Number of starving worldwide hits 815 million: wars in Syria, Yemen key drivers
Cii Radio| Ayesha Ismail| 18 September 2017| 27 Dhul Hijjah 1438
The number of starving people in the world rose in 2016 after it had remained steady for the past 10 years. It increased by 38 million and reached 815 million, which is equal to 11% of the world’s population, according to new food security report issued by the UN.
According to the report published on Friday by three UN agencies, the Food and Agriculture Organization (FAO), the International Fund for Agricultural Development (IFAD) and the World Food Program (WFP), the increasing number of people suffering from hunger is the result of the spread of violent conflicts and climate shocks.”
Out of 815 million people who have suffered from hunger in the world in 2016, 489 million are living in conflict-stricken countries.
According to the report, the number of people suffering from hunger rose from 777 million in 2015 to 815 million last year.
The report put the blame on conflicts for the increasing number of starving people, but it warned that peaceful environments also suffer from “deteriorating food security along with the challenge that the economic shrinkage poses in relation to poor people’s food provisions.”
The new increase in the number of starving people is raising “a major concern and a challenge also to the international commitments to end starvation by 2030,” according to the report.
The food security situation has deteriorated particularly in 2016 in parts of sub-Saharan Africa and in south-eastern and western Asia.
UN agencies have identified 520 million people, who are suffering from hunger in Asia, 243 million in Africa and 42 million in Latin America and the Caribbean.
To support food production in the poorest regions of the world, the UN has called for agricultural investment for small-scale villagers in conjunction with large industrial investments currently being accomplished.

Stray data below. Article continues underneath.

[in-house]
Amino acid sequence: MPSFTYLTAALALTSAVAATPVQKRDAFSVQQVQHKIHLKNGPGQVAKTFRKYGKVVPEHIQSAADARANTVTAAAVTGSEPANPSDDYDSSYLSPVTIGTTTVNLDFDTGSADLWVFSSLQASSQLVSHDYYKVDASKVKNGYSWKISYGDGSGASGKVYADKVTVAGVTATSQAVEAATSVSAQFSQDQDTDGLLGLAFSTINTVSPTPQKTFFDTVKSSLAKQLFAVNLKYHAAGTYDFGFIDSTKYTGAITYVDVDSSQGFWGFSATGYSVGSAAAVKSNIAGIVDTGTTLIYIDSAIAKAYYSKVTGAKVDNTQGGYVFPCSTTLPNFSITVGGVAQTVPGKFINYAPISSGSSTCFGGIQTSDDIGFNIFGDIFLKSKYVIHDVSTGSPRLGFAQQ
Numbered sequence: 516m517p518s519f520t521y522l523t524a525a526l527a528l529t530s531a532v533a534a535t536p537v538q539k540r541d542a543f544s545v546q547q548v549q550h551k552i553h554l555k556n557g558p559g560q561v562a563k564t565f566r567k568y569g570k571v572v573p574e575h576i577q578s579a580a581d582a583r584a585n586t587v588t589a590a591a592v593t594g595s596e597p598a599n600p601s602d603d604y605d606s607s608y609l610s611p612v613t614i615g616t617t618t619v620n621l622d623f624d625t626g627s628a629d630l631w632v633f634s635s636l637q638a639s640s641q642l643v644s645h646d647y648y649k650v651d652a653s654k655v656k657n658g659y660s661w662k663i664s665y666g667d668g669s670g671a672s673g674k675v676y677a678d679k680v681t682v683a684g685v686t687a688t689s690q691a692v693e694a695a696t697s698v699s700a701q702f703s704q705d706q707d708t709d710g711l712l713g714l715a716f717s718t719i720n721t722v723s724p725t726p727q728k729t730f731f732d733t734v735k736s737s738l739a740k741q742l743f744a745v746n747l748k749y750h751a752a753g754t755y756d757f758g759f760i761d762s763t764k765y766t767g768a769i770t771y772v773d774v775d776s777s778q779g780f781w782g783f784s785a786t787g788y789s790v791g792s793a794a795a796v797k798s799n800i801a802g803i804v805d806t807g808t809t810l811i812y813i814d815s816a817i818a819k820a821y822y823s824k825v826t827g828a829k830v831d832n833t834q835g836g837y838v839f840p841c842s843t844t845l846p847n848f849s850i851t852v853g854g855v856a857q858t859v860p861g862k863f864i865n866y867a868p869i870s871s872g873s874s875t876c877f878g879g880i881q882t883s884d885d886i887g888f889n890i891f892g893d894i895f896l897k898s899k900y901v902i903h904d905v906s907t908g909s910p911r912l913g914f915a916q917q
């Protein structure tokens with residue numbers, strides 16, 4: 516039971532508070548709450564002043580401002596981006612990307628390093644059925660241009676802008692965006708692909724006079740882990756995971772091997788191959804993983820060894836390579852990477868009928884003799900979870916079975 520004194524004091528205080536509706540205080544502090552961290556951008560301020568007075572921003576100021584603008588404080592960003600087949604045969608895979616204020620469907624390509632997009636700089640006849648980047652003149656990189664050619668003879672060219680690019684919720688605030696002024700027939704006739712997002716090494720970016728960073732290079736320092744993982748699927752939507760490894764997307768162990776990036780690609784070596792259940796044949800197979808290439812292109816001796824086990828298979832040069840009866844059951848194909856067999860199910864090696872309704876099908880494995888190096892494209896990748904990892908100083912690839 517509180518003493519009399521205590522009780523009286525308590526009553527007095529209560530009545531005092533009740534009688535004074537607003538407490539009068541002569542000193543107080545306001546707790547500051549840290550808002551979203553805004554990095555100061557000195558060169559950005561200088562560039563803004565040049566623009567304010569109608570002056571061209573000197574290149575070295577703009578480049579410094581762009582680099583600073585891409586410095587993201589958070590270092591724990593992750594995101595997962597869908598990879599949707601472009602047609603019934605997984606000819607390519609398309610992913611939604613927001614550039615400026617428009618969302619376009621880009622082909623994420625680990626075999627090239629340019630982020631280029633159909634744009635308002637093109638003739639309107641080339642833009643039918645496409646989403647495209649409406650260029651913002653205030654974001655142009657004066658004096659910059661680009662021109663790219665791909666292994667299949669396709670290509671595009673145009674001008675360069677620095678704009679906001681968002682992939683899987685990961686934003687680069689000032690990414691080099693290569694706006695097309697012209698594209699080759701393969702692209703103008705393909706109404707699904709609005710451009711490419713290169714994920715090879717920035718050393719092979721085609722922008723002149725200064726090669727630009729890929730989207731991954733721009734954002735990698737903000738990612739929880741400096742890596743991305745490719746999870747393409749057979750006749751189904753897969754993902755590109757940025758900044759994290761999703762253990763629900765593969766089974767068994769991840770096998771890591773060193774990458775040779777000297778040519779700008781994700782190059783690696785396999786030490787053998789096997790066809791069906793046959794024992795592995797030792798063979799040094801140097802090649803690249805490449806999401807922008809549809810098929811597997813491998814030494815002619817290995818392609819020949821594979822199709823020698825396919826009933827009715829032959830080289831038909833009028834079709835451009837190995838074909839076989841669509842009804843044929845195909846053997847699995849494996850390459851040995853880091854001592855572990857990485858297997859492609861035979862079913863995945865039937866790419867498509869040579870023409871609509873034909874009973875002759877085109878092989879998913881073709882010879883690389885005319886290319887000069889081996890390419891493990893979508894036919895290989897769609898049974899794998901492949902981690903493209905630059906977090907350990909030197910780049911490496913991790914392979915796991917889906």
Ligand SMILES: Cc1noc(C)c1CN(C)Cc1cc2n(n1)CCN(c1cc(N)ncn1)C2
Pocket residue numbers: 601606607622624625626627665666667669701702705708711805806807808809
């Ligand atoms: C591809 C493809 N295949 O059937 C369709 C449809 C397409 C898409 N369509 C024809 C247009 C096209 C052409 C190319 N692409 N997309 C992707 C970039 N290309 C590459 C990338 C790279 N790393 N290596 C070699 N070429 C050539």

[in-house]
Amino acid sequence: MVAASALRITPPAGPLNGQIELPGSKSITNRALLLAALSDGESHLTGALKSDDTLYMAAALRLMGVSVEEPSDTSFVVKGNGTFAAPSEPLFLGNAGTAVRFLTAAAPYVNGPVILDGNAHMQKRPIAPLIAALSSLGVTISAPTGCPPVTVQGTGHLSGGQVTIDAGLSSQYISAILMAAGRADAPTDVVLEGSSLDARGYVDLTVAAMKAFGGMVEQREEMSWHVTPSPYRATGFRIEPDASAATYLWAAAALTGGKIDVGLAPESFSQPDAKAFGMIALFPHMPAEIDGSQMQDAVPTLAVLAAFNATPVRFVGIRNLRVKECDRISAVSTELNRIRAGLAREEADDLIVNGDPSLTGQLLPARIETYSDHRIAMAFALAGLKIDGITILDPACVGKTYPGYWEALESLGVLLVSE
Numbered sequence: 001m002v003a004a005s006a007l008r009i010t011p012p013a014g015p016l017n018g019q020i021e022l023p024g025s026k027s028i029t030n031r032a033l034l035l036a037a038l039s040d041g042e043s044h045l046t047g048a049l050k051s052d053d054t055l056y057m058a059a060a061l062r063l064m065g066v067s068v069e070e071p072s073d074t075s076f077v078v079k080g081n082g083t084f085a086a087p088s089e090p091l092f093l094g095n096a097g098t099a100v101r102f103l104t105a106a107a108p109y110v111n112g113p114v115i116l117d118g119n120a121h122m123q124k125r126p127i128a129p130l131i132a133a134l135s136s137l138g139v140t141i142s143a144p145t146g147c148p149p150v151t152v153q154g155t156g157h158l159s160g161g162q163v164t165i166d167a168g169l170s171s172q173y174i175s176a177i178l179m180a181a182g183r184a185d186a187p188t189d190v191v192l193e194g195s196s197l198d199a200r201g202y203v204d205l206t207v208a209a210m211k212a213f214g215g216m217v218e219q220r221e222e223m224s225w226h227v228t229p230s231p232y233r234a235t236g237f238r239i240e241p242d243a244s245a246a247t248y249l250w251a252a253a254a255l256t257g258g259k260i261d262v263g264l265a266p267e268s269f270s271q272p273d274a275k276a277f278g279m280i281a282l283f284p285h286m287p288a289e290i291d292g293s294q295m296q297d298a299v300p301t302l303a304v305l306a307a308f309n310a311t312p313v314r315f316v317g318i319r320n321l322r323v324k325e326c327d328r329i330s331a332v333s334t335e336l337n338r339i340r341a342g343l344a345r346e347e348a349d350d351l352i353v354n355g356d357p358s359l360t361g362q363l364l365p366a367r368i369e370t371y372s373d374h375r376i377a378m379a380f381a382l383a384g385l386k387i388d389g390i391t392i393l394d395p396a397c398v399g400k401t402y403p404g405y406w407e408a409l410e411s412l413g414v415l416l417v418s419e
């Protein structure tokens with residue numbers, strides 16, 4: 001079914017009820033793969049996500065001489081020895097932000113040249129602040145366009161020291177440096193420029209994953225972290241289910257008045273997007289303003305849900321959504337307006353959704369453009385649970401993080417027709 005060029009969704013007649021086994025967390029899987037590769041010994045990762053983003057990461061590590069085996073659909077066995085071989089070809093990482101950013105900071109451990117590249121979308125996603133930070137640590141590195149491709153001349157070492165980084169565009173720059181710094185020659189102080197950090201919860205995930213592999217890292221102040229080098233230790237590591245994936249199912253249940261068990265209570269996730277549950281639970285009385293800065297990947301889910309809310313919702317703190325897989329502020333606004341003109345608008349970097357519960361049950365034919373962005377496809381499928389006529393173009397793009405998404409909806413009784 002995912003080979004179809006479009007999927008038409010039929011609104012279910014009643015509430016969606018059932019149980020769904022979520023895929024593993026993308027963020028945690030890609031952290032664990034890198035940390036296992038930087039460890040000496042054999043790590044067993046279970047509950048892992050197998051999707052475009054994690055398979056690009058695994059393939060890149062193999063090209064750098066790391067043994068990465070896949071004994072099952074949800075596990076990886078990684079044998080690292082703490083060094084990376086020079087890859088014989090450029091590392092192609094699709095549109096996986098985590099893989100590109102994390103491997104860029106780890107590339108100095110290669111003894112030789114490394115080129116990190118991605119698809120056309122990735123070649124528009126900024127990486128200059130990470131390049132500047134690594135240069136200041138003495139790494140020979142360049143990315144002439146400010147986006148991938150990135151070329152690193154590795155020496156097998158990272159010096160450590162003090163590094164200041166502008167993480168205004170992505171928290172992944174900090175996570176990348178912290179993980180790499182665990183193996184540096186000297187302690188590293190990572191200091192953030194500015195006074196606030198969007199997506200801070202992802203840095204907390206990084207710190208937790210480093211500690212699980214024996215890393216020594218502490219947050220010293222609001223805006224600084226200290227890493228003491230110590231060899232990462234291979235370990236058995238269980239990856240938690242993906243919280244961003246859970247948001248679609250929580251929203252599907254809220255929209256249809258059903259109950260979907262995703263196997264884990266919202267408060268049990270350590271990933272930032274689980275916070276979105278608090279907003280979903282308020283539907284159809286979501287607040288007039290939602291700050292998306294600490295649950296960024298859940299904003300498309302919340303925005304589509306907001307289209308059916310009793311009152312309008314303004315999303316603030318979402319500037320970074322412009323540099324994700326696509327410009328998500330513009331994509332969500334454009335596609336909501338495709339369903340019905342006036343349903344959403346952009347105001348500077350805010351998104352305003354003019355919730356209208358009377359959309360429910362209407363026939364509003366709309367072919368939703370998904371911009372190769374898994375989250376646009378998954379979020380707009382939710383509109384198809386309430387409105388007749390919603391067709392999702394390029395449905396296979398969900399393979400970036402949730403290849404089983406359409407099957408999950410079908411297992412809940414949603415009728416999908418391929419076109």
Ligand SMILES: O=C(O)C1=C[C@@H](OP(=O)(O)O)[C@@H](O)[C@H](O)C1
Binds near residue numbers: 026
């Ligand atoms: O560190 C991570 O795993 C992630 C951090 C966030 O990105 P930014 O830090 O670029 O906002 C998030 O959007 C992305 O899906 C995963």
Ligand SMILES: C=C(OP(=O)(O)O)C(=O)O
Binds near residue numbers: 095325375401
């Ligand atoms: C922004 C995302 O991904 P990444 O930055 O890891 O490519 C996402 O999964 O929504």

Famine in Yemen
The report also dealt with several other models of conflict-stricken countries, which lead to a noticeable upsurge in famine rates. In southern Sudan, for example, the conflict led to a widespread humanitarian catastrophe. Famine was declared in parts of Unity State in February 2017, and more than 4.9 million people (more than 42% of the population) have been suffering from severe food insecurity.
Food insecurity and violence have led to the depletion and loss of assets such as livestock and families’ main food sources such as existing crops, grain stocks. In the most affected areas by famine, food is used as a war weapon. The trade embargo and security threat leave the population isolated in swamps and unable to have access to food or health care.
According to the report, and until March 2017, an estimated number of 17 million people have been suffering from acute food insecurity and needed urgent humanitarian action. These people represent 60% of the total population.
The nutritional situation has been exacerbated by the tragic collapse of the health-care system and its infrastructure, which was also accompanied by the outbreak of cholera and other epidemics that have affected many provinces in 2016 and are still affecting them in 2017.
The Syrian War
According to the UN, about 85% of the population in Syria today live in striking poverty. An estimated number of 6.7 million people are suffering from acute food insecurity and in need for urgent humanitarian action.
The war has also destroyed the country’s infrastructure, and food production has become very low today, as almost half of the population is unable to satisfy their daily food needs.
Source – MEMO